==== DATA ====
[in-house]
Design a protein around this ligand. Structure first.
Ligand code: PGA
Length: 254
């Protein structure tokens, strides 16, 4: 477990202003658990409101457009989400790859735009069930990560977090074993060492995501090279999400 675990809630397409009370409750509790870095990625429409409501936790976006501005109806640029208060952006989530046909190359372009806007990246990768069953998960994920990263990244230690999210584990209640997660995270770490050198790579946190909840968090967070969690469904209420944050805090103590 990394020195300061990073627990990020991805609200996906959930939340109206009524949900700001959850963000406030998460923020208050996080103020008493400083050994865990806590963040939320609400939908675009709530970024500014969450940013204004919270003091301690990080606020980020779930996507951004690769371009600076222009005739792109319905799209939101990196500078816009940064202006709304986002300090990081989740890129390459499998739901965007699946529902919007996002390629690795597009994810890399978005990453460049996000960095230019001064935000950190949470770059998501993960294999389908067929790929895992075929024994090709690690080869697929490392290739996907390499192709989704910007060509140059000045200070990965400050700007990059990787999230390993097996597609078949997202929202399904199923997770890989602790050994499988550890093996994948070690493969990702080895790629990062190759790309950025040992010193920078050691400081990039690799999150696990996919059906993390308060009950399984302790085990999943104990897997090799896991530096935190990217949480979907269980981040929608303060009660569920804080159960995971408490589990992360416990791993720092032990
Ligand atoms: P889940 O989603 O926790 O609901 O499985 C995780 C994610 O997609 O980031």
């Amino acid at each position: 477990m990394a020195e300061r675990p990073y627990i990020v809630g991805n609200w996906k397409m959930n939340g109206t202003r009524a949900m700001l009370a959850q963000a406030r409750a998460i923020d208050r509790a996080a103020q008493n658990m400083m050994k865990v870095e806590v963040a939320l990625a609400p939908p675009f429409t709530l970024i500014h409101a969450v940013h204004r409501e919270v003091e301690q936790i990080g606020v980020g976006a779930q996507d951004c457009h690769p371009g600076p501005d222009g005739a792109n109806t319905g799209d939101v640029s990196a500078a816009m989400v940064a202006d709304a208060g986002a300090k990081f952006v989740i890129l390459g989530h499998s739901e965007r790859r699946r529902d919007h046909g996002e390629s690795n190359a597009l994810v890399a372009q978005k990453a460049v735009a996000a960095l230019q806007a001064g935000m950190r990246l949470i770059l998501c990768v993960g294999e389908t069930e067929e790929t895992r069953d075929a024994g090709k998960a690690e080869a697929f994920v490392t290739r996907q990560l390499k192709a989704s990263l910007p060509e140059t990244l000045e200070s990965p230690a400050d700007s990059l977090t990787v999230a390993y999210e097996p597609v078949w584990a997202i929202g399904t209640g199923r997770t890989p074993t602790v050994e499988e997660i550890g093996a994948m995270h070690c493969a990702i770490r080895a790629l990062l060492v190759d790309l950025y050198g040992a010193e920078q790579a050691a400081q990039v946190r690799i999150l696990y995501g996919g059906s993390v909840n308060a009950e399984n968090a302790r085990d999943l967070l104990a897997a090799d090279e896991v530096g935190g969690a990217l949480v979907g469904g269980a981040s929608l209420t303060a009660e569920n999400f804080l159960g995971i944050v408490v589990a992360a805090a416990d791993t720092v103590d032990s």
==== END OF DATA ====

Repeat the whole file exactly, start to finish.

[in-house]
Design a protein around this ligand. Structure first.
Ligand code: PGA
Length: 254
């Protein structure tokens, strides 16, 4: 477990202003658990409101457009989400790859735009069930990560977090074993060492995501090279999400 675990809630397409009370409750509790870095990625429409409501936790976006501005109806640029208060952006989530046909190359372009806007990246990768069953998960994920990263990244230690999210584990209640997660995270770490050198790579946190909840968090967070969690469904209420944050805090103590 990394020195300061990073627990990020991805609200996906959930939340109206009524949900700001959850963000406030998460923020208050996080103020008493400083050994865990806590963040939320609400939908675009709530970024500014969450940013204004919270003091301690990080606020980020779930996507951004690769371009600076222009005739792109319905799209939101990196500078816009940064202006709304986002300090990081989740890129390459499998739901965007699946529902919007996002390629690795597009994810890399978005990453460049996000960095230019001064935000950190949470770059998501993960294999389908067929790929895992075929024994090709690690080869697929490392290739996907390499192709989704910007060509140059000045200070990965400050700007990059990787999230390993097996597609078949997202929202399904199923997770890989602790050994499988550890093996994948070690493969990702080895790629990062190759790309950025040992010193920078050691400081990039690799999150696990996919059906993390308060009950399984302790085990999943104990897997090799896991530096935190990217949480979907269980981040929608303060009660569920804080159960995971408490589990992360416990791993720092032990
Ligand atoms: P889940 O989603 O926790 O609901 O499985 C995780 C994610 O997609 O980031």
């Amino acid at each position: 477990m990394a020195e300061r675990p990073y627990i990020v809630g991805n609200w996906k397409m959930n939340g109206t202003r009524a949900m700001l009370a959850q963000a406030r409750a998460i923020d208050r509790a996080a103020q008493n658990m400083m050994k865990v870095e806590v963040a939320l990625a609400p939908p675009f429409t709530l970024i500014h409101a969450v940013h204004r409501e919270v003091e301690q936790i990080g606020v980020g976006a779930q996507d951004c457009h690769p371009g600076p501005d222009g005739a792109n109806t319905g799209d939101v640029s990196a500078a816009m989400v940064a202006d709304a208060g986002a300090k990081f952006v989740i890129l390459g989530h499998s739901e965007r790859r699946r529902d919007h046909g996002e390629s690795n190359a597009l994810v890399a372009q978005k990453a460049v735009a996000a960095l230019q806007a001064g935000m950190r990246l949470i770059l998501c990768v993960g294999e389908t069930e067929e790929t895992r069953d075929a024994g090709k998960a690690e080869a697929f994920v490392t290739r996907q990560l390499k192709a989704s990263l910007p060509e140059t990244l000045e200070s990965p230690a400050d700007s990059l977090t990787v999230a390993y999210e097996p597609v078949w584990a997202i929202g399904t209640g199923r997770t890989p074993t602790v050994e499988e997660i550890g093996a994948m995270h070690c493969a990702i770490r080895a790629l990062l060492v190759d790309l950025y050198g040992a010193e920078q790579a050691a400081q990039v946190r690799i999150l696990y995501g996919g059906s993390v909840n308060a009950e399984n968090a302790r085990d999943l967070l104990a897997a090799d090279e896991v530096g935190g969690a990217l949480v979907g469904g269980a981040s929608l209420t303060a009660e569920n999400f804080l159960g995971i944050v408490v589990a992360a805090a416990d791993t720092v103590d032990s």